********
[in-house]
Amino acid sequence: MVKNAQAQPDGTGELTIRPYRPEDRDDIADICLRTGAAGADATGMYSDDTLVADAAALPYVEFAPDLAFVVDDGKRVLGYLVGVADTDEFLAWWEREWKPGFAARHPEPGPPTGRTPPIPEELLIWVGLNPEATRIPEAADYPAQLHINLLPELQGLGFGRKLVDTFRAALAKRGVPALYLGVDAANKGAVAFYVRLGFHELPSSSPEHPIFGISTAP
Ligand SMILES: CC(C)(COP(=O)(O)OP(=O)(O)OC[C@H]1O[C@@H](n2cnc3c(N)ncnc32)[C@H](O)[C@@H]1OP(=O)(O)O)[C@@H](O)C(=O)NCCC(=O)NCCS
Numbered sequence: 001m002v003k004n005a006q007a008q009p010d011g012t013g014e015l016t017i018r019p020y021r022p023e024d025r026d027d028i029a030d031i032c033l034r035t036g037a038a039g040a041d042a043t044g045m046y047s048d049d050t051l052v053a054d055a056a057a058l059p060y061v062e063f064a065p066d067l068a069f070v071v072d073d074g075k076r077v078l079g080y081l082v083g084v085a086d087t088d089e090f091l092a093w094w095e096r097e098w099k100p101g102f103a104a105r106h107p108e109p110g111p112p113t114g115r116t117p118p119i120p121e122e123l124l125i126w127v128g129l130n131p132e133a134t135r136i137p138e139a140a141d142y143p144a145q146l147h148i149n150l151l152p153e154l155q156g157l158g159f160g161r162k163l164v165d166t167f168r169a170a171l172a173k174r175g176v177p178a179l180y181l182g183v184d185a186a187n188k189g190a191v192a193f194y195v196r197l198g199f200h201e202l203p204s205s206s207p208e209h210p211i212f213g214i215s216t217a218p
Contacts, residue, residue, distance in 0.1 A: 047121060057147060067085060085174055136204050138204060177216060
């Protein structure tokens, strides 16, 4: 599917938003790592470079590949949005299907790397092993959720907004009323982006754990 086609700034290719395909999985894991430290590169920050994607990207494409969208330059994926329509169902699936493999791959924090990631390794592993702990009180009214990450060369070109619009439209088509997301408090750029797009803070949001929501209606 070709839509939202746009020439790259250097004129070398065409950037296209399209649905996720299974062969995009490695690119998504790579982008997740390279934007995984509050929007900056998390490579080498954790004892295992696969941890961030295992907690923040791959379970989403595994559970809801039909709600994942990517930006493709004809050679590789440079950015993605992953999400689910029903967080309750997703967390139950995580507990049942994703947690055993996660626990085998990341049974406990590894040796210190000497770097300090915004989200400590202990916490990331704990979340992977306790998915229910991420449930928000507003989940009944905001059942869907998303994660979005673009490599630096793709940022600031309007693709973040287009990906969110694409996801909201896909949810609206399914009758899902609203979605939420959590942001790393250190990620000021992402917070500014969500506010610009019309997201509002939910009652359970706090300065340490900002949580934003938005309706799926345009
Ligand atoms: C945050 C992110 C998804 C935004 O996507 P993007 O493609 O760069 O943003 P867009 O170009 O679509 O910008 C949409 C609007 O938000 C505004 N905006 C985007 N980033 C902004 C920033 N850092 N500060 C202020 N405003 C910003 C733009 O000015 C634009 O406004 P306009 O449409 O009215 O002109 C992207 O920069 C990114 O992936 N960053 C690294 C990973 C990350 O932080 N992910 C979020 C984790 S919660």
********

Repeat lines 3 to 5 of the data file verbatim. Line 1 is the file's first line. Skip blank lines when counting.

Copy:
Ligand SMILES: CC(C)(COP(=O)(O)OP(=O)(O)OC[C@H]1O[C@@H](n2cnc3c(N)ncnc32)[C@H](O)[C@@H]1OP(=O)(O)O)[C@@H](O)C(=O)NCCC(=O)NCCS
Numbered sequence: 001m002v003k004n005a006q007a008q009p010d011g012t013g014e015l016t017i018r019p020y021r022p023e024d025r026d027d028i029a030d031i032c033l034r035t036g037a038a039g040a041d042a043t044g045m046y047s048d049d050t051l052v053a054d055a056a057a058l059p060y061v062e063f064a065p066d067l068a069f070v071v072d073d074g075k076r077v078l079g080y081l082v083g084v085a086d087t088d089e090f091l092a093w094w095e096r097e098w099k100p101g102f103a104a105r106h107p108e109p110g111p112p113t114g115r116t117p118p119i120p121e122e123l124l125i126w127v128g129l130n131p132e133a134t135r136i137p138e139a140a141d142y143p144a145q146l147h148i149n150l151l152p153e154l155q156g157l158g159f160g161r162k163l164v165d166t167f168r169a170a171l172a173k174r175g176v177p178a179l180y181l182g183v184d185a186a187n188k189g190a191v192a193f194y195v196r197l198g199f200h201e202l203p204s205s206s207p208e209h210p211i212f213g214i215s216t217a218p
Contacts, residue, residue, distance in 0.1 A: 047121060057147060067085060085174055136204050138204060177216060